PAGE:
Jason Ingalls
Jason Ingalls: "I love music. I’m not a too-cool-for-school guy. I love to get excited by it and have something just open up in front of me. Music is the best." (Courtesy Justine Johnson)
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Sometimes, bands and their albums aren’t the results of some grand plan or artistic dream.

“I just decided I wanted to be one of the dudes who released albums this year,” Jason Ingalls says.

And so we have “Triangles,” the debut album from Echo Response, an all-instrumental affair that sounds a bit like Peter Tosh hopped in a time machine and wound up in Rush’s 2112.

"Triangles" from Echo Response
“Triangles” is the debut album from Jason Ingalls’ new band, Echo Response.

Not that Ingalls is some newcomer to Portland music. He’s been playing locally since high school, from Dead Eyes Emerson’s 1994 gig at the Wrong Brothers Pub to the outsider murmurings of Seekonk, the indie-pop of Sunset Hearts, the dirge metal of Baltic Sea, and the salsa-flavored El Malo. 

But, even after a few solo releases on Bandcamp, he never really had a project that was “his.” Nor did he really think Echo Response would be the one where he was the guy fronting with a guitar and doing all the songwriting.

“I literally only thought six people would listen to this and be nice to me on Facebook,” he says.

When your friends are all musicians, though, sometimes things take on a life of their own, and soon a friend of a friend was reaching out from Pax Aeternum, a California label that specializes in digital releases of niche artists, generally leaning toward metal and electronic stuff. 

Now Ingalls finds himself putting an actual band together – sax player Rexy Dinosaur, Justin Wiley of the Maine Dead Project, Chris “C$” Burns, and Andrew McGuiness are early adopters – and locking down dates to take it on the road. It’s a bit of a journey from vibing out by himself in the basement recording tracks while his 11-year-old snoozed upstairs during general covid isolation.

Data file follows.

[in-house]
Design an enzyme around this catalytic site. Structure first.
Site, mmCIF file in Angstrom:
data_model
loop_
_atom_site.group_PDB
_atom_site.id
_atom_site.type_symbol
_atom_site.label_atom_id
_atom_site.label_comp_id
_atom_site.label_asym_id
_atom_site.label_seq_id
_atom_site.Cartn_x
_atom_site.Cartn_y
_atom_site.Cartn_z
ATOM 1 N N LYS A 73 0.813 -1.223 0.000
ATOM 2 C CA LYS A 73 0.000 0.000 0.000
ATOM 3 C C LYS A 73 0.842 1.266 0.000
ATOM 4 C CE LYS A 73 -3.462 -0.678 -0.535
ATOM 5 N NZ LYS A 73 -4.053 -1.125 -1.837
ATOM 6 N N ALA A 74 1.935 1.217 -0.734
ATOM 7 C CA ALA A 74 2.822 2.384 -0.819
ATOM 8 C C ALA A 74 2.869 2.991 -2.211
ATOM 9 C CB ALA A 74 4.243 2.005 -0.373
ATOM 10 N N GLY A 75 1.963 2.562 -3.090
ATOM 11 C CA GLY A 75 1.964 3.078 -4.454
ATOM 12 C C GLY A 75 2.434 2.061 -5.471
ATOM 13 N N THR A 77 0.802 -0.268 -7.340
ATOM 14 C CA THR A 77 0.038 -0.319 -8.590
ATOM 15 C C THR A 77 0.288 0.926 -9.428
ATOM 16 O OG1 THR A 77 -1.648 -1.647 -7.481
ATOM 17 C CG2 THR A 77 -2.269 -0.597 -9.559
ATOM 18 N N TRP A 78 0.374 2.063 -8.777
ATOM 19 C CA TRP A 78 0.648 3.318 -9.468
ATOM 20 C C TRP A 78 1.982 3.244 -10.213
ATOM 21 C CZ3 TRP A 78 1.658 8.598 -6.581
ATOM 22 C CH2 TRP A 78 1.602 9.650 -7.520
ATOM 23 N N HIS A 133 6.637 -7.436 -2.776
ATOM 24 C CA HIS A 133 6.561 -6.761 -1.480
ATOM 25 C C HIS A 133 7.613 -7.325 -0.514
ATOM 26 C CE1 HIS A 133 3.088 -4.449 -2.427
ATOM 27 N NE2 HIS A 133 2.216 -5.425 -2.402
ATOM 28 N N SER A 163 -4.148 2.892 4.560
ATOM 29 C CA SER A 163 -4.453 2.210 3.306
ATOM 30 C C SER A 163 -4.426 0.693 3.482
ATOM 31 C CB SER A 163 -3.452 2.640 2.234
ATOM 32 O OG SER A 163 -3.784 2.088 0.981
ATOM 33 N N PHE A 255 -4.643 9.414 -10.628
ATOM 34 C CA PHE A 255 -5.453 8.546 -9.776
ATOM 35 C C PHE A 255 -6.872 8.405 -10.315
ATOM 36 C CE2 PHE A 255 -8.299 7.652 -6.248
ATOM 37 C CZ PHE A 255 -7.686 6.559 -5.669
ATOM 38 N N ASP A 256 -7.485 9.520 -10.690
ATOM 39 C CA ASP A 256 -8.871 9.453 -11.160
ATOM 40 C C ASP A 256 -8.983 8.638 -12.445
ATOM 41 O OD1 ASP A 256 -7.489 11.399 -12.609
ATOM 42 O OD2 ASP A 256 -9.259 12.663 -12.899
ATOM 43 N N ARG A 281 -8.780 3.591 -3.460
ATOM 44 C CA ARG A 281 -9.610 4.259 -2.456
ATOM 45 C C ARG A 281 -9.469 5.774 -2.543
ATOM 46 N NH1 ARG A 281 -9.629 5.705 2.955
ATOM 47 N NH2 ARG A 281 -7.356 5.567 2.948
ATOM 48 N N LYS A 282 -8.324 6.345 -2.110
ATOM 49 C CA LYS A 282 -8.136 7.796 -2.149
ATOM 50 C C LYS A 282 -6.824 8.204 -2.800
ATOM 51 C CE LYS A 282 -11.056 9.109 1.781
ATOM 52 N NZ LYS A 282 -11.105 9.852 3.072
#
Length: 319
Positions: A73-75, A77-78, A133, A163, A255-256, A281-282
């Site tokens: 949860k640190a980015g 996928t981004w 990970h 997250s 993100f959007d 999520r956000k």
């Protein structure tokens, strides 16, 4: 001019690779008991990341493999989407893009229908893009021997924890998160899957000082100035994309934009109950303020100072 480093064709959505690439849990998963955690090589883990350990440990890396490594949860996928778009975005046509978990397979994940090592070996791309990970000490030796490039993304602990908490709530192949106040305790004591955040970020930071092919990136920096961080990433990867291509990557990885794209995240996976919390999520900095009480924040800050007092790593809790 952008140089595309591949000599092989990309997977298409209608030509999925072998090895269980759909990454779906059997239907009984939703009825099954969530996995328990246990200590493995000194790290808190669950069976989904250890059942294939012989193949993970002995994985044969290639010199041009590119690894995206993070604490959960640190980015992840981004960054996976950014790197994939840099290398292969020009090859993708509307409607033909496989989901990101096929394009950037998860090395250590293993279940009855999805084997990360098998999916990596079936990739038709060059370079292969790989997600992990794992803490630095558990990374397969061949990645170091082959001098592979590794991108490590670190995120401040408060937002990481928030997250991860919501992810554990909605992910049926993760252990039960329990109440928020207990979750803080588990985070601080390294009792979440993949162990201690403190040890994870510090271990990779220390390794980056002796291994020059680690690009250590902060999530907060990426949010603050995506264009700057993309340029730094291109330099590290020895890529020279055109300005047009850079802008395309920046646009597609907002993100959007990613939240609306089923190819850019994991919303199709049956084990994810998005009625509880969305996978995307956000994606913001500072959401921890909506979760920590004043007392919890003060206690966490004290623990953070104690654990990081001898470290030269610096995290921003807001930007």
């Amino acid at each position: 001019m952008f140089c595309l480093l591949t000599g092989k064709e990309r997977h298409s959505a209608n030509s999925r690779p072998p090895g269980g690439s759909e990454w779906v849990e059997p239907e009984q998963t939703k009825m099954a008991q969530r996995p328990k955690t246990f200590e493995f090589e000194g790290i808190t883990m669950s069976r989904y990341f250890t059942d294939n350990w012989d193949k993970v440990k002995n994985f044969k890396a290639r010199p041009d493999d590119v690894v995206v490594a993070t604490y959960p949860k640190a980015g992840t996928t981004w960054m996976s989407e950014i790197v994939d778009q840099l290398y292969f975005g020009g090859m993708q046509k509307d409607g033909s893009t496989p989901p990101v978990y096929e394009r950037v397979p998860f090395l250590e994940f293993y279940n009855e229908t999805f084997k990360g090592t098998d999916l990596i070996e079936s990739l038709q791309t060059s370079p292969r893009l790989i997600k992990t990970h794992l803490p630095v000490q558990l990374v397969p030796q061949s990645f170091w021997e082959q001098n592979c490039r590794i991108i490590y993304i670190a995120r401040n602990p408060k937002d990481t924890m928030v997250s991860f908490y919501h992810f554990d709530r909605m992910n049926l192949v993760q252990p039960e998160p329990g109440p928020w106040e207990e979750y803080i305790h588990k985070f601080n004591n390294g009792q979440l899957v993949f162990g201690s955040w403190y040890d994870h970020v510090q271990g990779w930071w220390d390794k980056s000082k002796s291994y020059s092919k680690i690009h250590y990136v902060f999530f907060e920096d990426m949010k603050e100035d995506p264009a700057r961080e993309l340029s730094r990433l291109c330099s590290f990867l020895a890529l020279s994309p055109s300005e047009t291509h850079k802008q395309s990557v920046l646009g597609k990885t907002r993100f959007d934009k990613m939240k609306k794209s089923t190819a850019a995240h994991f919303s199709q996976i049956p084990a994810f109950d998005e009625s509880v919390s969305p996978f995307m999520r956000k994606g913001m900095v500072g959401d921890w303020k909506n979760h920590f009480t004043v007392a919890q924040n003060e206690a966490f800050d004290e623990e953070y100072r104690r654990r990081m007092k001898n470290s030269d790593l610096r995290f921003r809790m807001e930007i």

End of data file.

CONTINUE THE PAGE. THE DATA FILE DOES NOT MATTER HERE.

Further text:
“Most people know me as a drummer,” Ingalls says, “but I’ve been playing guitar for as long as I’ve been playing drums, and I’m always working on multiple things at the same time. A lot of these ideas came from me taking a break from working on other things.” 

Listening to their meditative repetitions, upbeats, and electro-clashes, moody and thrumming basslines, it’s not surprising to hear many of them were thought pieces where Ingalls imagined himself in a setting and wrote the soundtrack to it: “One time,” he says, “it was just imagining a dub band at soundcheck.” 

Like comic books with no words – that’s a thing, you know – Echo Response gives you the setting, the mood, and the atmosphere, and it can be up to you to supply the details of what exactly is happening here.

“You really have to immerse yourself in that world,” Ingalls says, “and you can also have it on passively, and both of those things are valid.” 

For sure, the 11-song, 42-minute record is terrific for a Sunday morning reading the paper, or a long drive through Maine’s western hills when you’re in no particular hurry, but there’s also enough in the package to make it the sole object of your attention. With everything played by hand, it has plenty of jazz flavors and unexpected discursions as Ingalls introduces new instruments and melodic flourishes.